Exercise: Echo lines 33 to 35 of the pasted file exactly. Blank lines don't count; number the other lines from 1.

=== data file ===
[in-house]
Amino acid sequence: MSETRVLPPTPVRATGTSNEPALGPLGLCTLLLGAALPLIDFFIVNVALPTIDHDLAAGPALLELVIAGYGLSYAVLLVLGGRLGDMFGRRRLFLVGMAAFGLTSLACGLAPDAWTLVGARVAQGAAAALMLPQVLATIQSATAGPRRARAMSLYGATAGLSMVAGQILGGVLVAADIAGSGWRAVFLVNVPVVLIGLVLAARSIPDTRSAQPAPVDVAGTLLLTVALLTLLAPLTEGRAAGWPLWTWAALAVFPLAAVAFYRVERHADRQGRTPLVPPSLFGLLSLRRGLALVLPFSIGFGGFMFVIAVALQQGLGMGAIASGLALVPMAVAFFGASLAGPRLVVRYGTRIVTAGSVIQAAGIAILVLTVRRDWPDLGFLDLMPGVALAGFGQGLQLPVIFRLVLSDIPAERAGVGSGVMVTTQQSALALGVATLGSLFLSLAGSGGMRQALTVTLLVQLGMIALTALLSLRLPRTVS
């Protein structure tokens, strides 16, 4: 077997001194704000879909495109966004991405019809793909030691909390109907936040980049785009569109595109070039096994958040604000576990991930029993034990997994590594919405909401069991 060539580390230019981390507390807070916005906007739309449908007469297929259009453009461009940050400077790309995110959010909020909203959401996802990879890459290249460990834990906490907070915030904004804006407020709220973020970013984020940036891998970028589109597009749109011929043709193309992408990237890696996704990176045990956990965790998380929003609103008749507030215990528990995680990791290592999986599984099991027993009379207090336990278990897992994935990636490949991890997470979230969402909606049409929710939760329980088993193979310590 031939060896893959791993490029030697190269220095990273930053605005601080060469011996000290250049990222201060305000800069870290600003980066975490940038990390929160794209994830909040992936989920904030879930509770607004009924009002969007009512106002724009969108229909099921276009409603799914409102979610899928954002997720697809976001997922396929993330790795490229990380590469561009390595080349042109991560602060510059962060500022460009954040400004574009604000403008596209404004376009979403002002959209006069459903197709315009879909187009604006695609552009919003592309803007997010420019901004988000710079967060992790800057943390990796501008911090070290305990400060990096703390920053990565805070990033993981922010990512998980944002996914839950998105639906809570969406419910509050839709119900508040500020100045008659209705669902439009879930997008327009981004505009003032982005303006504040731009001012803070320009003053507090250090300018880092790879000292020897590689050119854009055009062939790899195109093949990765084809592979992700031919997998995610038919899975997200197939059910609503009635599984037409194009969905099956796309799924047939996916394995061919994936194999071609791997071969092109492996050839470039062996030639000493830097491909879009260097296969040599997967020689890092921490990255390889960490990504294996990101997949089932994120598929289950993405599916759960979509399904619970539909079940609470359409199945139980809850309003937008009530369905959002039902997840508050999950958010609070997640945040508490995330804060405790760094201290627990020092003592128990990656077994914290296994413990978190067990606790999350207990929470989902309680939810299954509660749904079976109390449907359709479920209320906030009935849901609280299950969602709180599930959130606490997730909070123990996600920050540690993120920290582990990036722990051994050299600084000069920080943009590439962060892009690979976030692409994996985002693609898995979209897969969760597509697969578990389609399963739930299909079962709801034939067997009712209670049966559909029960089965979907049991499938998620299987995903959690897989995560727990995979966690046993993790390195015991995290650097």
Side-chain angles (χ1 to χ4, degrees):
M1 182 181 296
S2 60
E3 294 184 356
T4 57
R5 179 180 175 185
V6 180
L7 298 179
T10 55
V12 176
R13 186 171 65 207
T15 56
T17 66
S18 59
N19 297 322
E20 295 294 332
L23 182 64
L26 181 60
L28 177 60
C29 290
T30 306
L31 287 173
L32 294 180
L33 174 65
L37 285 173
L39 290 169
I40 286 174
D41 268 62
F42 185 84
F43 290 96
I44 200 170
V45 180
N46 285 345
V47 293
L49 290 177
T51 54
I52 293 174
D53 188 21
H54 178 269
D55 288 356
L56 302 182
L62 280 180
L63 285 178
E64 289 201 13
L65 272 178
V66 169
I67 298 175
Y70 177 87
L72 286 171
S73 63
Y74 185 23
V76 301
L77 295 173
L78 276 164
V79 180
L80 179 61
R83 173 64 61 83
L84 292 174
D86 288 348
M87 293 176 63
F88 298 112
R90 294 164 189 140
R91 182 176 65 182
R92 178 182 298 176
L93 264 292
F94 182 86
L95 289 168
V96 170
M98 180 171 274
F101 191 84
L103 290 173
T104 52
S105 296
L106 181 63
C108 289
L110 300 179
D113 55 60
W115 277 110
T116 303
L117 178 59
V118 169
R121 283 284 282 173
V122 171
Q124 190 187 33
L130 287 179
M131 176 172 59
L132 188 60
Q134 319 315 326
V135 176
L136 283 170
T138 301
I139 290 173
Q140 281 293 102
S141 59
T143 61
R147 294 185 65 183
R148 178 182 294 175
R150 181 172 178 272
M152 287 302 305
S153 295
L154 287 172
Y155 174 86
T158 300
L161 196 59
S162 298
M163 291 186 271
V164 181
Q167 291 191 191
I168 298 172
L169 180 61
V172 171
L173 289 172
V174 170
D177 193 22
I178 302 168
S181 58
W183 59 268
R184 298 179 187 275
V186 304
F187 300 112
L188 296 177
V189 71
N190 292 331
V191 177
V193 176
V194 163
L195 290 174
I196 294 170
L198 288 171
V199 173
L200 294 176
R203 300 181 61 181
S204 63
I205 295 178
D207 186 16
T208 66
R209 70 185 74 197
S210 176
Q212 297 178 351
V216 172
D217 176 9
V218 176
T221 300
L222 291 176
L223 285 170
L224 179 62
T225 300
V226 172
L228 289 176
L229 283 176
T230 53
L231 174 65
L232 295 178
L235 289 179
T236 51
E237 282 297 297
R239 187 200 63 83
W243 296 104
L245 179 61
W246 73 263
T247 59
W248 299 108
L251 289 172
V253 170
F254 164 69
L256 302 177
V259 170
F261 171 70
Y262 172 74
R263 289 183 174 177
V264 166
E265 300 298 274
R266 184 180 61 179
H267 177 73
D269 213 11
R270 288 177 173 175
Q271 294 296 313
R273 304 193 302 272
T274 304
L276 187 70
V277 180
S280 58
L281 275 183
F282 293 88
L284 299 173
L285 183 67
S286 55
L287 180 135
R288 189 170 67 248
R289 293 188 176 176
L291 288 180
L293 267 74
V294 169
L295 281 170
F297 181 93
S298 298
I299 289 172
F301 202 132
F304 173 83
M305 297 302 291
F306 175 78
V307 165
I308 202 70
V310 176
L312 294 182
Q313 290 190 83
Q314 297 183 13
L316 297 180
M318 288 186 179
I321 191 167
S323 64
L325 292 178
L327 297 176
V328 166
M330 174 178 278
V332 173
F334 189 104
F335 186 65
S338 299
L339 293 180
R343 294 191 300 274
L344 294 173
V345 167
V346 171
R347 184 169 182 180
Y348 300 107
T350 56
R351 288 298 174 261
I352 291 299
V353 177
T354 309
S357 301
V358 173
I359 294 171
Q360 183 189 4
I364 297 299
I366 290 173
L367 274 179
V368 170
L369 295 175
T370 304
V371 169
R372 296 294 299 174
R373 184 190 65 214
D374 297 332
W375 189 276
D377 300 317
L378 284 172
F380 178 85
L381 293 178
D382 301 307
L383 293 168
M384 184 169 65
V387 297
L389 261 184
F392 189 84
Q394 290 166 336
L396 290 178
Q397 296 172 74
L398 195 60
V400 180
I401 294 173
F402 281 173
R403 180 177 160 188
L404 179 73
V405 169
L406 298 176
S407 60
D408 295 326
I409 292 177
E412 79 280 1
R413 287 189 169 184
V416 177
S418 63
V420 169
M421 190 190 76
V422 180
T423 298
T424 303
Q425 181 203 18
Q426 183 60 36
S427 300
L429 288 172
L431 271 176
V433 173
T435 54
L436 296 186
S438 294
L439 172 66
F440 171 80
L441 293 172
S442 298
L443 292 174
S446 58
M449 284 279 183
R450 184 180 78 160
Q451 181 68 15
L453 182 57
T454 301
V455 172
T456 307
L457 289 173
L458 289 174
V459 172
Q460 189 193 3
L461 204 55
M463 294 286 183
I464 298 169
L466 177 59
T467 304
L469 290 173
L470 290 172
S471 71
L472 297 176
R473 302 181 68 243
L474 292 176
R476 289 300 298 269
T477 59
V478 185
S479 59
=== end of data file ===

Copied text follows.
F43 290 96
I44 200 170
V45 180